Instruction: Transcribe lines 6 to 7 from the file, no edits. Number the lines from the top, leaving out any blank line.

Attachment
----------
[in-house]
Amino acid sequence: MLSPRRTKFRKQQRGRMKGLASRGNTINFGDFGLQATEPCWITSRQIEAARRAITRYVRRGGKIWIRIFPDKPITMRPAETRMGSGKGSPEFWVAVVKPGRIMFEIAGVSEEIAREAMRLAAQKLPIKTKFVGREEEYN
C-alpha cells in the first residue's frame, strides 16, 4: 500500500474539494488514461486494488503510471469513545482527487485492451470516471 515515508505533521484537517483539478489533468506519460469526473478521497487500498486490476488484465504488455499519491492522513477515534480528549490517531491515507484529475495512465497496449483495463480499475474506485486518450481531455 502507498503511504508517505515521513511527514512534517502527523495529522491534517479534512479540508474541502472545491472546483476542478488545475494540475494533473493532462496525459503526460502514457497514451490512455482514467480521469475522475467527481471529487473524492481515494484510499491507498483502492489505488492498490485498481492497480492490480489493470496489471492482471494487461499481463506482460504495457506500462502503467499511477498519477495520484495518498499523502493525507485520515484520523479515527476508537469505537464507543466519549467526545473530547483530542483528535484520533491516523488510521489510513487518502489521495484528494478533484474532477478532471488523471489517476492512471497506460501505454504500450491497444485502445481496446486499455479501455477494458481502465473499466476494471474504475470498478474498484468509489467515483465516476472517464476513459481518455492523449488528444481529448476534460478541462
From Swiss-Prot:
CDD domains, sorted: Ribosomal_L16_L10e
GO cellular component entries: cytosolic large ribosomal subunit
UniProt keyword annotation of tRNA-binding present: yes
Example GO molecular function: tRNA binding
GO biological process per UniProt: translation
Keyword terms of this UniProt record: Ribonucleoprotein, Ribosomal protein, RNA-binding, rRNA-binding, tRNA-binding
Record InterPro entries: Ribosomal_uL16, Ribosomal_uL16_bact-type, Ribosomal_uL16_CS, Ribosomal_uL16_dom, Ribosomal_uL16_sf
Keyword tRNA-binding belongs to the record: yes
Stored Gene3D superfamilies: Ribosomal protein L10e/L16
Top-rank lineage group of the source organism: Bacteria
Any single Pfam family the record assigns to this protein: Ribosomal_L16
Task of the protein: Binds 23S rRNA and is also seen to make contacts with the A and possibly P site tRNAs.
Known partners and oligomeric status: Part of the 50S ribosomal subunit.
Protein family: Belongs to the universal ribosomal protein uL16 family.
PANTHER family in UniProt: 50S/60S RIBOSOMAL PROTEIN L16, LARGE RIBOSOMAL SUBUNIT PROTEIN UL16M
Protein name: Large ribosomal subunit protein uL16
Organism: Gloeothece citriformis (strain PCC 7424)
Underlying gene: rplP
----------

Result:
GO cellular component entries: cytosolic large ribosomal subunit
UniProt keyword annotation of tRNA-binding present: yes